Ursula von der Leyen Elected European Commission President
The European Parliament on Tuesday elected Ursula von der Leyen as the next president of the European Commission — the first woman to hold the EU's top executive job, reported POLITICO.
Von der Leyen, the nominee of the center-right European People's Party, served most recently as German defense minister and is a close ally of Chancellor Angela Merkel. She will be the first German to lead the EU in more than a half-century, since Walter Hallstein served from 1958 to 1967.
Von der Leyen won 383 votes in a secret ballot, just slightly above the absolute majority of 374 she required to be elected — and far short of the 422 votes cast in favor of current Commission President Jean-Claude Juncker in 2014. There were 327 votes in opposition, 22 abstentions and one vote declared invalid.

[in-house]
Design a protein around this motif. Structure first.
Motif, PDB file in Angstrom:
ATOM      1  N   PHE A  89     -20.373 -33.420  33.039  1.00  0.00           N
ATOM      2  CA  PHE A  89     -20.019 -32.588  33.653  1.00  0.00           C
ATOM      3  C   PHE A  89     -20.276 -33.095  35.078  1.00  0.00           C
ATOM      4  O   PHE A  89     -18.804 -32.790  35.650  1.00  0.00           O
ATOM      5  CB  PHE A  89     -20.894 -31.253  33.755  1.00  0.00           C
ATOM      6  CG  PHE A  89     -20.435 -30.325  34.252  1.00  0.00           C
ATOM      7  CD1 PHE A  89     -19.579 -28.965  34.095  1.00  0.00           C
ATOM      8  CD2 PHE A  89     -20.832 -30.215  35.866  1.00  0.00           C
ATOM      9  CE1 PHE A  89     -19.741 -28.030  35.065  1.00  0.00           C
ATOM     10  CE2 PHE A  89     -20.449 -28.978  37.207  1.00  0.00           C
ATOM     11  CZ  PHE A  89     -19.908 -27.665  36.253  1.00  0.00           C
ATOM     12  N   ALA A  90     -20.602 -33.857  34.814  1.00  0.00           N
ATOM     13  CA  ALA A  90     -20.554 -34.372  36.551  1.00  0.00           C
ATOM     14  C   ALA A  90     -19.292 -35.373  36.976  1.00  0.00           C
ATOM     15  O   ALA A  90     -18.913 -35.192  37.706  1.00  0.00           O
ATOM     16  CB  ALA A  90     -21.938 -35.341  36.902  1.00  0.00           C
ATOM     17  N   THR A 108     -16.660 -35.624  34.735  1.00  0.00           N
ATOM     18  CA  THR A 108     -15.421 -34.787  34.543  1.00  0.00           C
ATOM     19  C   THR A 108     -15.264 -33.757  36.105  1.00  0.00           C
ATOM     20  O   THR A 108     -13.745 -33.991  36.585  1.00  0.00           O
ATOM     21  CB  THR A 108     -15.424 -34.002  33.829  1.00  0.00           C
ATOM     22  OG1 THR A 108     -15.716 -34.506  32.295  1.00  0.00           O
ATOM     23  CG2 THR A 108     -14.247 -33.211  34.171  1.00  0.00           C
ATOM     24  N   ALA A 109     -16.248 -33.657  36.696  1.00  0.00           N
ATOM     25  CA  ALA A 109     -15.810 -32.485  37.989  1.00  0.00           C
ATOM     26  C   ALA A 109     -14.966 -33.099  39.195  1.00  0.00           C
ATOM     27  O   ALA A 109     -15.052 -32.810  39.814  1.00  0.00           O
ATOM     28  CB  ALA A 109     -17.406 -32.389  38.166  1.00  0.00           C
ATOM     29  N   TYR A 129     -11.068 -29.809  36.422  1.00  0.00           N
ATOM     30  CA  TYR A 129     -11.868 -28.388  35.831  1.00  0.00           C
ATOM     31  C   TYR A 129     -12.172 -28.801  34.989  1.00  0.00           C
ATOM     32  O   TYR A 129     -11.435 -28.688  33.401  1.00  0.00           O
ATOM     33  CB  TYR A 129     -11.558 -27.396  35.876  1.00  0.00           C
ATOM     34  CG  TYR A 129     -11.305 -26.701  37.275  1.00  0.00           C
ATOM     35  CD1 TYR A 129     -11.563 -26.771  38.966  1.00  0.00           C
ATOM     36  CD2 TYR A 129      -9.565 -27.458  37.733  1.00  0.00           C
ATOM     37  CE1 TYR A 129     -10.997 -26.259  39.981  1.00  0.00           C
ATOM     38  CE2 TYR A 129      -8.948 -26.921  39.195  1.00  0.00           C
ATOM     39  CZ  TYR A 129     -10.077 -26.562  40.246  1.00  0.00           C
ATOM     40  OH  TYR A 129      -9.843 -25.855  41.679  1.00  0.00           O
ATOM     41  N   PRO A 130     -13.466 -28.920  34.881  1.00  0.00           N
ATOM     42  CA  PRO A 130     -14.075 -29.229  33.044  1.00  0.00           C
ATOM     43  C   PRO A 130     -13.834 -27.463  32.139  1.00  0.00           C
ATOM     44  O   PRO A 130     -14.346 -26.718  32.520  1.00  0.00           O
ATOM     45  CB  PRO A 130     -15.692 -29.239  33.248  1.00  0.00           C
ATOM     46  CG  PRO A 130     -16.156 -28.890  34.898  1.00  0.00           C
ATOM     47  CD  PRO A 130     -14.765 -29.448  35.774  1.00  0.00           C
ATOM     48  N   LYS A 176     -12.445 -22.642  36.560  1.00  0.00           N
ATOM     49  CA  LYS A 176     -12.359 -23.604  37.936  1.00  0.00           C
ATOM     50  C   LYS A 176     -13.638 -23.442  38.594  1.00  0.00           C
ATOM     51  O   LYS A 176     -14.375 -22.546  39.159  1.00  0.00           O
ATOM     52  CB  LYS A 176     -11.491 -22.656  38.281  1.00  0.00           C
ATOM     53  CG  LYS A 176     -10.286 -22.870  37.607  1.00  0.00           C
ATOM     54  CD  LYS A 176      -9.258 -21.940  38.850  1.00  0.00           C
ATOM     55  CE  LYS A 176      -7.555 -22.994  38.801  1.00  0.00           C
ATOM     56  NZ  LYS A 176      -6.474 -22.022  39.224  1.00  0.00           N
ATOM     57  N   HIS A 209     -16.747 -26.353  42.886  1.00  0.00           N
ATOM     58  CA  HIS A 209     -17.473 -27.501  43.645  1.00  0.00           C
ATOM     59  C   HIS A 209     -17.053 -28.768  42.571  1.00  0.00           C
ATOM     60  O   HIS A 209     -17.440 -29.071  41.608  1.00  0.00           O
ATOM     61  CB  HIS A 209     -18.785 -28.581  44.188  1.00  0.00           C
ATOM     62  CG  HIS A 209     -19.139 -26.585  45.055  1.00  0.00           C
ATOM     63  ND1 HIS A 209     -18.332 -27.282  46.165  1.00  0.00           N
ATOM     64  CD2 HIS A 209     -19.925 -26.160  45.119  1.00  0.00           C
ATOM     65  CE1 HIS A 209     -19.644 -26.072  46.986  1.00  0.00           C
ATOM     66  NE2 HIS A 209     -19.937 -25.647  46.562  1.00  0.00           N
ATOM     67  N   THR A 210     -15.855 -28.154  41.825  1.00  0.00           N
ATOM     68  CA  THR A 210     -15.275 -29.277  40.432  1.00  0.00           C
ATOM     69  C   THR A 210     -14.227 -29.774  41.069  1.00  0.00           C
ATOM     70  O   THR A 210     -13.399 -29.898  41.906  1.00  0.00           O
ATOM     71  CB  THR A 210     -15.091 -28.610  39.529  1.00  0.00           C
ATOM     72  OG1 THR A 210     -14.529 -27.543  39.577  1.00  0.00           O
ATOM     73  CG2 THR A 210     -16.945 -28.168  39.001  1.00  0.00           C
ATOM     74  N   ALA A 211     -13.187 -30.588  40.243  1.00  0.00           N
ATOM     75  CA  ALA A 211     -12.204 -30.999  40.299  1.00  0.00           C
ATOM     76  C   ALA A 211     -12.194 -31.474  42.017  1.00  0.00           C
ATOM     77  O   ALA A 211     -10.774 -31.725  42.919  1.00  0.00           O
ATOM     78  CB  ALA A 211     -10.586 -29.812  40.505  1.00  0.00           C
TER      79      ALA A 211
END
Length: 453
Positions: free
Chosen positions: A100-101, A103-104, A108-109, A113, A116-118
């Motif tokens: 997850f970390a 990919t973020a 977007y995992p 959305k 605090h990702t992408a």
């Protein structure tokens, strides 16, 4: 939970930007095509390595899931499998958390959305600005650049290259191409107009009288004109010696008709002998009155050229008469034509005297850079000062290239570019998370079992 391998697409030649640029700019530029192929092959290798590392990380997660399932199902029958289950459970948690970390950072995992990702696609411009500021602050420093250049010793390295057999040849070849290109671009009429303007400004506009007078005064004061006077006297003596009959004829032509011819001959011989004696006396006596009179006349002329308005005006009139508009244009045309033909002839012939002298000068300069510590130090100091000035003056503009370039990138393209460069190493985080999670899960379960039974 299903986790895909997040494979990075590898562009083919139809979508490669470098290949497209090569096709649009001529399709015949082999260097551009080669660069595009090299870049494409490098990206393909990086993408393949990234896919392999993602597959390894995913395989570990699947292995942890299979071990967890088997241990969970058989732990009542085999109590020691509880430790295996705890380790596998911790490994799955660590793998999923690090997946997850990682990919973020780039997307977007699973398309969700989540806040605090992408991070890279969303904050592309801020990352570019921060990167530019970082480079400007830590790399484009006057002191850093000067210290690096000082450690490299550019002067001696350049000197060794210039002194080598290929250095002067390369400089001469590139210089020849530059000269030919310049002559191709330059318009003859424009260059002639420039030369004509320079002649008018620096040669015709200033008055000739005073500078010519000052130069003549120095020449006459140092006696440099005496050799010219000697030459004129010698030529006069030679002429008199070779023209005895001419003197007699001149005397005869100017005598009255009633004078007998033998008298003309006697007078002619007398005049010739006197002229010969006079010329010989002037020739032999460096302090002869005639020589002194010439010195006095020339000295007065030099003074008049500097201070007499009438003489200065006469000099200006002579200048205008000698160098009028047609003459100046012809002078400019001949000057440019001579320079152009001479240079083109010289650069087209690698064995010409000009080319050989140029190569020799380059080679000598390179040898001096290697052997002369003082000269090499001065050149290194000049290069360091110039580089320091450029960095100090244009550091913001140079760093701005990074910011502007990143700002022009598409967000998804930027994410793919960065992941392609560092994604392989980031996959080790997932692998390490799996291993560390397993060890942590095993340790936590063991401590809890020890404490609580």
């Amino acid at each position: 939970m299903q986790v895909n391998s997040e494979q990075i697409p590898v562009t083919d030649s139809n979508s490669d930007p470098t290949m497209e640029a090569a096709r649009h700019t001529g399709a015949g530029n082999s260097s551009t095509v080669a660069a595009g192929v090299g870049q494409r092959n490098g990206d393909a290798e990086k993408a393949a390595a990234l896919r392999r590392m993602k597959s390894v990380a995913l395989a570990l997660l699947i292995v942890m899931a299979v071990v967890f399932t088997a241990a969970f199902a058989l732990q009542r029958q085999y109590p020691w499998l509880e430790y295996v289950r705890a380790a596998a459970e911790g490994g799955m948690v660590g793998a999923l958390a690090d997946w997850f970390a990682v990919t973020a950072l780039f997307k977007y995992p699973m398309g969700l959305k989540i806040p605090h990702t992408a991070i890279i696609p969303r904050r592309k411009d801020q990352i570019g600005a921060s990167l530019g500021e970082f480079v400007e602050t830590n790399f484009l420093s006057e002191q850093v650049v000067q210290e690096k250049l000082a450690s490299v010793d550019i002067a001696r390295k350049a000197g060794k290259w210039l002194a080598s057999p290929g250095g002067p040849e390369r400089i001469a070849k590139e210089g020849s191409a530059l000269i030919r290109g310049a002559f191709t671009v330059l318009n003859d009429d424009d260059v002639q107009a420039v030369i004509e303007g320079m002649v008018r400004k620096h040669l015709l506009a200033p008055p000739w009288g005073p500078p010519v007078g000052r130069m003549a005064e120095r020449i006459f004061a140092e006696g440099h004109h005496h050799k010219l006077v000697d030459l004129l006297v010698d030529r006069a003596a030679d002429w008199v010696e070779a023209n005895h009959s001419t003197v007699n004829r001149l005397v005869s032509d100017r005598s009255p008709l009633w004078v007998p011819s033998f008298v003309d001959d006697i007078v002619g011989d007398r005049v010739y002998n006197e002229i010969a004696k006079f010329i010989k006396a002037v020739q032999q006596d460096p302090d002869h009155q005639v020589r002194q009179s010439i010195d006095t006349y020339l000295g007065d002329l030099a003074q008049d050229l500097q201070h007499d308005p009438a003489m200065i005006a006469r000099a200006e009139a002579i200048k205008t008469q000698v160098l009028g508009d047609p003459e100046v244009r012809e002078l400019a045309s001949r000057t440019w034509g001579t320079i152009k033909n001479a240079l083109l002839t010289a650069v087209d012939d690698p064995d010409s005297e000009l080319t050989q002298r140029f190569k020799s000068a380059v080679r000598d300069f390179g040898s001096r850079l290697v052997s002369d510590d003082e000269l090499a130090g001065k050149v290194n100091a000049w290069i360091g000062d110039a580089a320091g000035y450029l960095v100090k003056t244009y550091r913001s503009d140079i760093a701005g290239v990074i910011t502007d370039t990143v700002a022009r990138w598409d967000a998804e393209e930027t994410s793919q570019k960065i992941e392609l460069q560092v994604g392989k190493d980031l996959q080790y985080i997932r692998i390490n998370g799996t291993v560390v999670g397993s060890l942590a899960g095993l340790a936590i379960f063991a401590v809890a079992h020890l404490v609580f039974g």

Some EU officials said failing to cross the politically significant threshold of 400 votes signaled that von der Leyen would face an extremely difficult task governing in partnership with a Parliament that is more diverse and divided than at any other point in the EU's modern history.
Von der Leyen had the declared backing of the three mainstream, pro-EU groups — the center-right European People's Party, the Progressive Alliance of Socialists & Democrats (S&D), and the centrist-liberal Renew Europe group.
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